|Publication number||US5084189 A|
|Application number||US 07/585,943|
|Publication date||Jan 28, 1992|
|Filing date||Sep 21, 1990|
|Priority date||Sep 21, 1990|
|Publication number||07585943, 585943, US 5084189 A, US 5084189A, US-A-5084189, US5084189 A, US5084189A|
|Inventors||Harvey E. Richter|
|Original Assignee||Richter Systems, Inc.|
|Export Citation||BiBTeX, EndNote, RefMan|
|Patent Citations (10), Referenced by (41), Classifications (48), Legal Events (9)|
|External Links: USPTO, USPTO Assignment, Espacenet|
The present invention is directed to a method and apparatus for separating fluids having different specific gravities, and is more specifically directed to fluid separators employing axial flow-type pumps.
Millions of gallons of diesel fuel and jet fuel are transported by ships to various parts of the world for refueling of planes at sea and for delivery to ports. These transport ships contain many compartments for holding the diesel and jet fuel. While the fuels are in these compartments, they may become contaminated with water. However, fuel contaminated with water is unsuitable for use. Thus, at the point of delivery, any fuel contaminated with water will be rejected, and must be returned to the point from which it was shipped for refinement. The retransportation and refinement of the fuel is both costly and time consuming.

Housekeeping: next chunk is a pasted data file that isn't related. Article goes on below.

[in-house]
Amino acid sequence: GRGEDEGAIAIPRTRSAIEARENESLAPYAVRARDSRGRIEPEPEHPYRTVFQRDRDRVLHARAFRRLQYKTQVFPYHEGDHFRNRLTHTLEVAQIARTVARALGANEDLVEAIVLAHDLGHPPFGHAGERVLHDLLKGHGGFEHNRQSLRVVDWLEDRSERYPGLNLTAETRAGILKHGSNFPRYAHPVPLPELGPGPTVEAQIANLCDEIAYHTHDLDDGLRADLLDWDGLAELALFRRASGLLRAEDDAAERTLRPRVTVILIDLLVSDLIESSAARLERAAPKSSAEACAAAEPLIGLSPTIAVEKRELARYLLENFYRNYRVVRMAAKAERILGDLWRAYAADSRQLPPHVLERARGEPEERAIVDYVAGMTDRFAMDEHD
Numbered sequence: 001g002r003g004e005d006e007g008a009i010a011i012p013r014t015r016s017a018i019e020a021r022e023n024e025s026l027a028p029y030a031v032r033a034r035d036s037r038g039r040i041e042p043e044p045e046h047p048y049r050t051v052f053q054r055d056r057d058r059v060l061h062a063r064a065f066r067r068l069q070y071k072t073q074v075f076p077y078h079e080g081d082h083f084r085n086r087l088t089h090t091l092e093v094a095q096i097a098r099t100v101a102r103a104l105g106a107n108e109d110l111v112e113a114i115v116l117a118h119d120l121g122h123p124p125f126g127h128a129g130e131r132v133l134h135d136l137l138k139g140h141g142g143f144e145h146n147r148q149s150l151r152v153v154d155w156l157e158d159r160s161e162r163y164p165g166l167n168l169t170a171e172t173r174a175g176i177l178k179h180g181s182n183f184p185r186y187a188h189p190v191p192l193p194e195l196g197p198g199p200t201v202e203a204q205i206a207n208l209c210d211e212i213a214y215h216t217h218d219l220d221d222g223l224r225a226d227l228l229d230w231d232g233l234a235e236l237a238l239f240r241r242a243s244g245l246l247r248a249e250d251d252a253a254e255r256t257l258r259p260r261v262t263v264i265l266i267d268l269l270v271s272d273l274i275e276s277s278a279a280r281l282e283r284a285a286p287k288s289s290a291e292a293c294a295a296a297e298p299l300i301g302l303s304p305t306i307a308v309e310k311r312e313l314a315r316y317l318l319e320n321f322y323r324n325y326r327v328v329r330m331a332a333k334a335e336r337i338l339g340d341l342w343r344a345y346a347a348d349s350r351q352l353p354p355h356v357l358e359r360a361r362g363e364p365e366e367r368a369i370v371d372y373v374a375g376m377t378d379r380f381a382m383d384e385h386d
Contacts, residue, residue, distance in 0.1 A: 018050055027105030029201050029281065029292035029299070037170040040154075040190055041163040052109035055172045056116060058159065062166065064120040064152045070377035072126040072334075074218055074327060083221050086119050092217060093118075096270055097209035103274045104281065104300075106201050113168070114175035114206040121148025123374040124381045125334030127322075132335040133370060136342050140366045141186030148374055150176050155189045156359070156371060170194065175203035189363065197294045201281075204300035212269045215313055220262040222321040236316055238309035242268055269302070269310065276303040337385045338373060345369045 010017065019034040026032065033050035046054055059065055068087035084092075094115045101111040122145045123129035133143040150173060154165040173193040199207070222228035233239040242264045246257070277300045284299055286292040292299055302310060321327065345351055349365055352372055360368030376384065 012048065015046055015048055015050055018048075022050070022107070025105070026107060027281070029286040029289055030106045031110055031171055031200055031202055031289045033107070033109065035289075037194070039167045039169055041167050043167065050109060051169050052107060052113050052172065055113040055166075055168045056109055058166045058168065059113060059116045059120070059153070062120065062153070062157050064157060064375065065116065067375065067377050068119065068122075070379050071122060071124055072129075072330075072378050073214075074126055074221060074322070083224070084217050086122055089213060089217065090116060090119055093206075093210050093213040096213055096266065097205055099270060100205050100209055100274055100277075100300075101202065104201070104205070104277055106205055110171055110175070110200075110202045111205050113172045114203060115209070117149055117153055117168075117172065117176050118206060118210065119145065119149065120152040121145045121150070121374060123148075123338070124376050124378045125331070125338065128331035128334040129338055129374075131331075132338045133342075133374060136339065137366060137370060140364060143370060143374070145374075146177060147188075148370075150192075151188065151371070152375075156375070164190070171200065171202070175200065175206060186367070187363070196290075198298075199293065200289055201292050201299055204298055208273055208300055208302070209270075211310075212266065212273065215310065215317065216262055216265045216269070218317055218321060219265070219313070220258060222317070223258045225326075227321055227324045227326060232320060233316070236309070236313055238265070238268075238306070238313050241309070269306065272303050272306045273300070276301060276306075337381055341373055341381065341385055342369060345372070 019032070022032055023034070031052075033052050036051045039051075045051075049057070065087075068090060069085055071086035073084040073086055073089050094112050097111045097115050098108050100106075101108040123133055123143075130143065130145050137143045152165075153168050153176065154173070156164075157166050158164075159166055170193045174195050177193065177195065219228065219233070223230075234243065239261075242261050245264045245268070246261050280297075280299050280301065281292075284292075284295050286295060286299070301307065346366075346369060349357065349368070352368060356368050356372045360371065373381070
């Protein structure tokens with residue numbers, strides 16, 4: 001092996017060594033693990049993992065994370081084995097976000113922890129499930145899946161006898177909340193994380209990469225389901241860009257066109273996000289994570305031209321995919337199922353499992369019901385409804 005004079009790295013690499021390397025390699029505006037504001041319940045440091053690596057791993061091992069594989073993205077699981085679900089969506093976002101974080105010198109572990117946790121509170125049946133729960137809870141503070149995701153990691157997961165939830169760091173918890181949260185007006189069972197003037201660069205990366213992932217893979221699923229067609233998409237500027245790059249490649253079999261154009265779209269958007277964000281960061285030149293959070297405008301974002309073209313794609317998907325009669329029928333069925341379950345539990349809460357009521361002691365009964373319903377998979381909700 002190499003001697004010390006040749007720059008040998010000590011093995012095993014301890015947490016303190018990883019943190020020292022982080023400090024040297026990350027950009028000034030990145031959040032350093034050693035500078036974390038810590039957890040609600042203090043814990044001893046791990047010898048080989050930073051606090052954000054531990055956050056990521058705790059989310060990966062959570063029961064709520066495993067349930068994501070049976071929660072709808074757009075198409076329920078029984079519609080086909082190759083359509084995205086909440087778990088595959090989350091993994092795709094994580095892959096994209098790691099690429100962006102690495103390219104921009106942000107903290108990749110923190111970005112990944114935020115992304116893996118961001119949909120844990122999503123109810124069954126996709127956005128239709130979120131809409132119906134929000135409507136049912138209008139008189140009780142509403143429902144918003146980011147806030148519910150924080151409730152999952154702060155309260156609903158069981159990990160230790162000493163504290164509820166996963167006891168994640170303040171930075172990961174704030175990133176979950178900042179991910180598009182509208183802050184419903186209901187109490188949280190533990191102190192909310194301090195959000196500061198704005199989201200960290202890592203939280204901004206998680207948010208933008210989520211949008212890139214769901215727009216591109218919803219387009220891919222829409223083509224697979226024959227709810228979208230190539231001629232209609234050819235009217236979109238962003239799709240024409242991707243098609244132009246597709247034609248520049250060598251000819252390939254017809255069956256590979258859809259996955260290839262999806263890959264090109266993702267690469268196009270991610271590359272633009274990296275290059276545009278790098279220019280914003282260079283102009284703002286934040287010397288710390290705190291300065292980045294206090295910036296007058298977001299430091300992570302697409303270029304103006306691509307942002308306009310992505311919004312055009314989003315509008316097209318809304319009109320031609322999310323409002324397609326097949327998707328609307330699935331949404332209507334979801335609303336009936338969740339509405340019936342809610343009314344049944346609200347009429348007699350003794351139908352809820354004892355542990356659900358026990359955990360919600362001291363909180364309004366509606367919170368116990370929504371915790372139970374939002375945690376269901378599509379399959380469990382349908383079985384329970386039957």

It is a purpose of my invention to provide a method and apparatus for separating fluids having different specific gravities, and more specifically, for separating water from an oil such as jet or diesel fuel, and which is adaptable for use in the removal of the contaminating water at the point of delivery.
Tubular centrifugal separators for the separation of immiscible fluids of different specific gravities are well know. These centrifugal separators employ a rotor carrying blades for rotating the mixture of fluids, causing the fluid having the lighter specific gravity to migrate to the center of the rotating mass, and the fluid having the heavier specific gravity to migrate to the perimeter, where it can be extracted. Examples of such centrifugal separators are disclosed in U.S. Pat. No. 4,478,712 to Arnaudeau, U.S. Pat. No. 3,517,821 to Monson et al., German patent No. 1,186,412 to Groppel, and Swiss patent No. 563,186 to Reynolds. Flow pumps and blowers built on the same general principle are disclosed in U.S. Pat. No. 1,071,042 to Fuller and U.S. Pat. No. 3,083,893 to Dean, respectively, and in my U.S. Pat. Nos. 3,276,382, 3,786,996, and 3,810,635.